Astralis says if they perform, 20% roster change penalty won’t matter

By Nick Johnson


May 11, 2020

Reading time: 4 min

Danish Counter-Strike: Global Offensive organization Astralis officially announced Jakob “JUGi” Hansen’s signing in a press release, calling it a “second increase” and leaving room for the addition of even more players beyond its new seven-man roster. The move continues Astralis’ pursuit of what it describes as “the most competitive and healthy environment for the players.” Rumors have swirled for weeks that Astralis didn’t plan to stop adding players to its expanding roster. Now, Astralis is now seven players strong with the addition of JUGi and following its earlier acquisition of Patrick “es3tag” Hansen from Heroic in a surprise deal. spoke with Astralis Group director of sports Kasper Hvidt about the organization’s ongoing plans to expand the Astralis roster, whether Valve’s Major rule changes affected the team’s plans, and what fans can expect from Astralis and its player-focused approach going forward. Astralis isn’t the first team to try a larger roster. It normally ends with lackluster results.  What is Astralis going to do differently?

Kasper Hvidt: I think most of the former six-player rosters from the past were a result of players being benched and not a result of strategic thinking. I believe that is the biggest difference, and I believe that the Astralis’ performance team, the physical setup, and the way the whole organization works is very different from what was the case with the other teams [who tried it].
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Valve updated the rules for ESL One Rio’s Regional Major tournaments, now stating that player swaps will cost teams 20% of their Regional Major Ranking points, per player, up to two players. Additionally, they can only be swapped at that cost prior to each Regional Major tournament. Did these changes have any effect on the addition of es3tag or JUGi?
For us, the idea of a seven-man roster, or even a larger roster long term, started almost three years ago. Our main concern is and has always been the health of our players. And our focus for each individual is for them to be as close to 100% as possible during a tournament. Physically and mentally. Having seven players on the roster will allow some players to step back to rest and recharge the batteries at certain times. It will ultimately extend their careers.
Once all of our players are fully integrated into the new setup, we believe that we can and will create a better and more consistent level of performance. There are changes in the new rules, but we weren’t thinking about the Regional Major tournaments when we planned our roster this season. It is about competition, and how we can maintain a high level of performance throughout the season. Some tournament organizers are already allowing player swaps on a more frequent basis, and honestly, I don’t see how the industry can’t start to move towards healthier conditions for its players.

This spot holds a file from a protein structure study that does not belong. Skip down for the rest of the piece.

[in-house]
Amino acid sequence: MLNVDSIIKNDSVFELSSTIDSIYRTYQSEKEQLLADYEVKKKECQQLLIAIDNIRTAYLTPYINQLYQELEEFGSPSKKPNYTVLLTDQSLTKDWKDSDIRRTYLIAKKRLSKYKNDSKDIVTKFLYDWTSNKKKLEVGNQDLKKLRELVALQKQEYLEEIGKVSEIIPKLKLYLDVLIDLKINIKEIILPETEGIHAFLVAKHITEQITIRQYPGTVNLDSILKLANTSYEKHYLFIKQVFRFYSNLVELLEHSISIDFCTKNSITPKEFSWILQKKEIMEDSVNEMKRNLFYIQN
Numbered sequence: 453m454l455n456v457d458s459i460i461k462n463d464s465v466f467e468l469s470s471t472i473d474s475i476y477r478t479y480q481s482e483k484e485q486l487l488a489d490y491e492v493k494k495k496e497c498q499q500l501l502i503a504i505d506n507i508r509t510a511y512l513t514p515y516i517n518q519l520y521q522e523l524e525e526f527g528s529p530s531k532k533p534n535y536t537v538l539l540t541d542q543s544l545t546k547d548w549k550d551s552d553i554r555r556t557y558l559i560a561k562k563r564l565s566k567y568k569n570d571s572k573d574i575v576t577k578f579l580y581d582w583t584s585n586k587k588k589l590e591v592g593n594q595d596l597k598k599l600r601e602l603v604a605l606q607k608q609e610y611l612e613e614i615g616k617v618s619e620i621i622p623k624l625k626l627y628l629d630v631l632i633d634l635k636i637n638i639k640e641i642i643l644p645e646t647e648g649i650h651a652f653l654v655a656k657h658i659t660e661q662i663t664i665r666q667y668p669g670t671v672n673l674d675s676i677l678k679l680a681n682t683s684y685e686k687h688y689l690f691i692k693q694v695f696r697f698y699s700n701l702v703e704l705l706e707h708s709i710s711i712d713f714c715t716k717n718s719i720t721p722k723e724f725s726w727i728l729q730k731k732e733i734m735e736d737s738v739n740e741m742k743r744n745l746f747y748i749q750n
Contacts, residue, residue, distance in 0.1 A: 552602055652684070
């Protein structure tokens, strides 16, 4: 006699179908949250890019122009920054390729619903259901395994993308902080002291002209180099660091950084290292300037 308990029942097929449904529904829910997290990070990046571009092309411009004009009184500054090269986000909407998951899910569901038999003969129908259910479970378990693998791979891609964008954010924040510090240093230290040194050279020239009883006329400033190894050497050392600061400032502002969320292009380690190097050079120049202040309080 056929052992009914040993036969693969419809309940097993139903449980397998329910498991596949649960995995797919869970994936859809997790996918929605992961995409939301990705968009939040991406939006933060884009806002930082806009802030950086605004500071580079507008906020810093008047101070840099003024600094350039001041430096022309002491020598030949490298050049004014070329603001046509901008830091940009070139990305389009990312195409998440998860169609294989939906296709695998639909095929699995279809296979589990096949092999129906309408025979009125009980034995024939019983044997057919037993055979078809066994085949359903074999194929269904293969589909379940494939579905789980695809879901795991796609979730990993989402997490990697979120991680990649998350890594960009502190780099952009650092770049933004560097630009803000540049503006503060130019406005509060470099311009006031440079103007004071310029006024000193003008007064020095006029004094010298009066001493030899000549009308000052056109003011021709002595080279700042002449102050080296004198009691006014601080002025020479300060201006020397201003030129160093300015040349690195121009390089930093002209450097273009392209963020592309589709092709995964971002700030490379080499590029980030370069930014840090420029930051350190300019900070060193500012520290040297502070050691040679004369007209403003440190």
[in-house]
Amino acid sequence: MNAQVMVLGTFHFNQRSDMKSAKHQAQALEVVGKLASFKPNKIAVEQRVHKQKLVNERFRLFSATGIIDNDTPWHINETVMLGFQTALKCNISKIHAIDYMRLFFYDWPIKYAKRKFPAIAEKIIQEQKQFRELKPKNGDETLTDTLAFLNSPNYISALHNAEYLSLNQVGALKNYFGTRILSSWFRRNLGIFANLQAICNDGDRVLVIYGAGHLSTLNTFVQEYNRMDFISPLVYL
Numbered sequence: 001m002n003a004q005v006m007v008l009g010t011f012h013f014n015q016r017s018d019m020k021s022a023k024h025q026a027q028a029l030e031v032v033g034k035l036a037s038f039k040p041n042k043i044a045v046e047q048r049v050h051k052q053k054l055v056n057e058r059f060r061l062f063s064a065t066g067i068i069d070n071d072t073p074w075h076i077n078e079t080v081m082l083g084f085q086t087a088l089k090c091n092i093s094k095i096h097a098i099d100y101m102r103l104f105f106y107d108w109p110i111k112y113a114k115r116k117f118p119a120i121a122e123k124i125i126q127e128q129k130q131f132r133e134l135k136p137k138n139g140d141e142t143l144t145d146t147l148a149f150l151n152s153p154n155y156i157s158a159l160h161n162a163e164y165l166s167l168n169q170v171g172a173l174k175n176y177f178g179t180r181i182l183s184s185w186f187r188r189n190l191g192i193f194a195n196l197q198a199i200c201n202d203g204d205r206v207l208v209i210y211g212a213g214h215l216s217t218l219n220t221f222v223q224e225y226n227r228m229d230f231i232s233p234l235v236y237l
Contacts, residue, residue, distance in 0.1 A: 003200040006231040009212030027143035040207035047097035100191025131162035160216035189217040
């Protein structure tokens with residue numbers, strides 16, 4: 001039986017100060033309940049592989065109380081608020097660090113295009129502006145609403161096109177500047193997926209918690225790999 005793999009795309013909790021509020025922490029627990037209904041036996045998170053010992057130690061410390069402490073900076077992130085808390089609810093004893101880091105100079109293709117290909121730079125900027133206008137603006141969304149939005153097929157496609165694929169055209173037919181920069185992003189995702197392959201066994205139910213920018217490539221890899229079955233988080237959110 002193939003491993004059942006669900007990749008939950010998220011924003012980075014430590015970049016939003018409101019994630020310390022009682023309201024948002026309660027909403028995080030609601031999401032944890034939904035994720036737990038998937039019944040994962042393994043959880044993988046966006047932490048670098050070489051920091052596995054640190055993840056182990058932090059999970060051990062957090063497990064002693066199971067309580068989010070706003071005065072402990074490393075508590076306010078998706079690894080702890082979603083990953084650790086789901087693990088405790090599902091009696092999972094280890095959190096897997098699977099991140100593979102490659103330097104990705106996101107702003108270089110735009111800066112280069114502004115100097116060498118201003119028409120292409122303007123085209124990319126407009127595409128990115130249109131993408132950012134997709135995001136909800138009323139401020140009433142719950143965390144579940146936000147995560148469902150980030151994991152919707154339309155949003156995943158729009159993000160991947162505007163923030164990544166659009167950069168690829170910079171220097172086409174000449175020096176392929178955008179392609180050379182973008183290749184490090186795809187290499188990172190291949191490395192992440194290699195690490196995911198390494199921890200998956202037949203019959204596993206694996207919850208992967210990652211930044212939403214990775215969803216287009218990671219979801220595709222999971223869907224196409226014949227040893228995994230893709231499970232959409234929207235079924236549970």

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Valve hasn’t released the dates for the remaining Regional tournaments. How does that affect preparations for the upcoming qualifiers?
We’ll prepare for the competitions as we always do. We strongly believe that, right now, we have a really strong, five-man roster. And we believe that we’ll have a really strong seven-man roster after [they arrive]. If we perform well enough [at the Regional tournaments], then the 20% penalty to swap a player will have no effect on if we get the Rio Major. If a player is actually in a position that he can’t play, a 20% penalty is far better than the alternative.
We know that Astralis head coach Danny “zonic” Sørensen has an eye for players, especially judging by his consideration of Emil “Magisk” Reif. How long had Astralis thought about making these latest moves, and how long did it take the team to find the right players?
As mentioned, we have been thinking about the multiple-player roster for many years. The difficult part of all this is finding the perfect fit. We are constantly monitoring a range of players and profiles, and through our player analyses, we know what kind of personality we are looking for to have the optimal fit with the rest of the players on the roster. When adding a player, there are a number of other factors in play. In-game wise, we were looking for agile players who were able to play multiple positions. es3tag and JUGi fulfill all of these criteria.
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Is this something that Astralis is just testing out, or has the organization committed to this plan for the long term?
Experiments can be fun, especially in high school physics classes, but that is not how we operate on any level in the Astralis Group. When we make a move like this, it is never a spur-of-the-moment kind of thing. We always focus on building and strengthening the foundation for the long term. So the answer would be no, this is not an experiment. There are no guarantees in this world, but if you prepare and do your homework, you minimize chance and luck. That’s what we’re always aiming to do, and we believe that having healthy players with a physical and mental balance is the right focus.
In essence, for every role on Astralis, we want two players who can fill it.
If you want to read more about how Zonic decided Astralis should sign Magisk over Kristian “k0nfig” Wienecke and Dennis “dennis” Edman, click here.


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